Jesus doesn’t want us to be caught unaware, so He tells us repeatedly to keep watch. He’s so serious about this that four times in five verses He commands us to stay awake! He’s calling us to prepare ourselves for His return. Not by quitting our jobs or panicking in the streets, but by preparing ourselves spiritually. Paul again urges, “So then let us not sleep, as others do, but let us keep awake and be sober.” To be sober isn’t just to avoid drunkenness, it’s a call to holy living. God has given you faith, He has given you the means of grace to remain faithful, and He has given you spiritual life. You cannot take this spiritual life for granted and live anyway that you want.

The number one issue in the church today is apathy. Christians don’t realize what it means to “stay awake”. It’s a constant wakefulness. We don’t close our eyes to God, our faith, or the return of Jesus for even a second. We don’t look around sleepily when we think about Him. We must repent of our dozing and napping because we’re all going to be held accountable to God. He’s the Master who has gone away and as His people we cannot be caught sleeping!

To help us prepare and stay awake, Jesus provides His Church with the resources necessary for spiritual preparation. You know what these are, right? His Word to encourage and exhort us to Christian living and faith. Prayer to talk to Him and to mediate on His promises. Baptism to daily wash away our sins and remind us that our names are written in His Book of Life. The Divine Service to sit in His presence and be stirred up to vigilance. The Lord’s Supper where He bodily comes to strengthen and equip us as we await His return. He has gone away, but He hasn’t left us defenseless or unprepared. He has given us everything we need and by the power of His Holy Spirit we are awake and prepared.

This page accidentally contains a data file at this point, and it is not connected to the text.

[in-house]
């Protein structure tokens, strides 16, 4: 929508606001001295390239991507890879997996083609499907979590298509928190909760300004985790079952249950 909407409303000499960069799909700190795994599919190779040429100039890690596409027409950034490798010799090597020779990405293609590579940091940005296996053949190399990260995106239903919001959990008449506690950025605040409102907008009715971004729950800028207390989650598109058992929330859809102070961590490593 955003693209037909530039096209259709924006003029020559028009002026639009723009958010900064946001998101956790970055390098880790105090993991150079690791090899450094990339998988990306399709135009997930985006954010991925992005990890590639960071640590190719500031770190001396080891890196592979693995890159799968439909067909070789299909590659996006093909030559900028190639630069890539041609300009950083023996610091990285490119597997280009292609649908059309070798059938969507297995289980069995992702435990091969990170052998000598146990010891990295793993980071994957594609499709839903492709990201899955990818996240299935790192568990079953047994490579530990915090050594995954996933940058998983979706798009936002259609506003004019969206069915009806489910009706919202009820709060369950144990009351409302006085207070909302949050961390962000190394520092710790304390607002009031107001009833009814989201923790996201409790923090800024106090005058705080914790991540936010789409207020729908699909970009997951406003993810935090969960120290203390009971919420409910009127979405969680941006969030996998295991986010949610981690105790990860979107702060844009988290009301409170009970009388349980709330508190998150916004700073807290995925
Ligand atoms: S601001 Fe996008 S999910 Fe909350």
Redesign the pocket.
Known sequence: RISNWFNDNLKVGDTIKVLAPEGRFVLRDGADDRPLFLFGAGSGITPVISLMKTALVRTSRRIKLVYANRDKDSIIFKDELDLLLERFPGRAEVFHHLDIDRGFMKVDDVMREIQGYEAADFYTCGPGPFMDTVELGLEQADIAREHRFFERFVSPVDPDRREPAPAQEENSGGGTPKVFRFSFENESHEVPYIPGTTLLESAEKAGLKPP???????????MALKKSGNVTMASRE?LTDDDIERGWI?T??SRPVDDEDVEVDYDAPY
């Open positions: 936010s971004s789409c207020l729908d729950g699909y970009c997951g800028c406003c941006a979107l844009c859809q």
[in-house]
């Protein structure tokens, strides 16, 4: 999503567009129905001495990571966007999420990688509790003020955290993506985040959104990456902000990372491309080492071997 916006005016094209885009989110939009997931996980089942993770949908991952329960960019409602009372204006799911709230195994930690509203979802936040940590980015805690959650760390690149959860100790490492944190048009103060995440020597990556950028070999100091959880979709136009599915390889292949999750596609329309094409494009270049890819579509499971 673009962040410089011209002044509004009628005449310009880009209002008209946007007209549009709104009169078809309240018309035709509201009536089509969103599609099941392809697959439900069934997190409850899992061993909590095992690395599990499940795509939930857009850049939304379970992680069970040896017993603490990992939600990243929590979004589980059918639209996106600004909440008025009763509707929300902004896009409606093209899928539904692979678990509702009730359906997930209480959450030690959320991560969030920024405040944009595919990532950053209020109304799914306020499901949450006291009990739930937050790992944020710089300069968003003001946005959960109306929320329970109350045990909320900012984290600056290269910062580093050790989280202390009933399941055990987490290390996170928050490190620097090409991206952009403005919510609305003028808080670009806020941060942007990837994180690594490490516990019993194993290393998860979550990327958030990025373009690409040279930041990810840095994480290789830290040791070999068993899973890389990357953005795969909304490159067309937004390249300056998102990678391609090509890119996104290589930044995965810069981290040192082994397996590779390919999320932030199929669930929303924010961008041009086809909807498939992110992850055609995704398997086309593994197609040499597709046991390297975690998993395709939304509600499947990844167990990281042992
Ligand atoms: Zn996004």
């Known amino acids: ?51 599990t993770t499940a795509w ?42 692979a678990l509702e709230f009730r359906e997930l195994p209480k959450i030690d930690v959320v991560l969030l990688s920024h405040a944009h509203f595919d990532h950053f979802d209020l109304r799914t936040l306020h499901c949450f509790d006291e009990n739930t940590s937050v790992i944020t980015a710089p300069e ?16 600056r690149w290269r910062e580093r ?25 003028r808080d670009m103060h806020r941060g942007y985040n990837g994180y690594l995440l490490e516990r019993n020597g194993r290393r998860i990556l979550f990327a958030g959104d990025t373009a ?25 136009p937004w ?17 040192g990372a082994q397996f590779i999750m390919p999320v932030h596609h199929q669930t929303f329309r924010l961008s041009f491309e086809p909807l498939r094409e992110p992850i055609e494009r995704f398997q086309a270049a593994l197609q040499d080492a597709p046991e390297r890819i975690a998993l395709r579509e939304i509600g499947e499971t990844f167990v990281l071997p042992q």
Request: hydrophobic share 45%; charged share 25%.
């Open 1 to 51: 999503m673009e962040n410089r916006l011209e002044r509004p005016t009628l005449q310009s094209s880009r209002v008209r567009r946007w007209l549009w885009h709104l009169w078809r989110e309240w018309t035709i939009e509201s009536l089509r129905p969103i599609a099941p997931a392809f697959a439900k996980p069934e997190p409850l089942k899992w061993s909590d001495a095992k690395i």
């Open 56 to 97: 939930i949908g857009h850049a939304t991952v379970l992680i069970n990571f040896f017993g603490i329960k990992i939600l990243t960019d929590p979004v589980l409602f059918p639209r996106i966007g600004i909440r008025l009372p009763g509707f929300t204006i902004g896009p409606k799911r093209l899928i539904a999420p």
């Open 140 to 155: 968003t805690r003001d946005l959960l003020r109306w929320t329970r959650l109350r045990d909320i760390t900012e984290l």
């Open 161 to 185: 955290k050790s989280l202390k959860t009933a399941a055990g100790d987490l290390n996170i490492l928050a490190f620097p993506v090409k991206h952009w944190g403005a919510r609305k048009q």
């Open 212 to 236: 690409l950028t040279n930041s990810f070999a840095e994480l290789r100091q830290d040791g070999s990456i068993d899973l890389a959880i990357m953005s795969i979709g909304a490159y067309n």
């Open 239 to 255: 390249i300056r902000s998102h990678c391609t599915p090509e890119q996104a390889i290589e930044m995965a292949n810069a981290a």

So, what do we do between now and Christ’s Second Coming? Two things really. Knowing that Christ may return at any time gives us perspective in life. Time is a gift and we’re to use our time in faith towards God and love toward one another. Whether it’s service in some capacity here at Emmanuel, at your job, with your family, in school, or somewhere else, God calls you to use the time He has given you wisely and faithfully.

The second thing is that we do the work He has entrusted to us. Jesus says, “It is like a man going on a journey, when he leaves home and puts his servants in charge, each with his work, and commands the doorkeeper to stay awake.” We all have an assigned task. For some it’s service in the Church, for others it’s in service to those around them, for still others it’s sharing the love and forgiveness of Christ with those who need to hear it, and who doesn’t, right? As His people, we faithfully live, work and witness knowing that He will be coming soon. The signs of the end are all around us, so we stay awake and watch for Him. We keep His return in the forefront of our minds, and we let it guide the way we live in the time we’ve been given.

When we were in Washington D.C. and New York City this past summer, the constant police presence was a little jarring. Everywhere we went, the monuments, the museums, the subway stations there were hyper-vigilant men and women. They weren’t looking at their phones or reading books. They weren’t lost in conversation and they certainly weren’t sleeping. Their eyes were constantly moving, they were prepared physically and mentally for anything unexpected. As we await the imminent return of Jesus let us stay awake and exhibit the same vigilance so that we’re not caught unaware because while the day will be unexpected, it’s going to be glorious.

Now the peace which surpasses all understanding keep your hearts and minds in Christ Jesus. Amen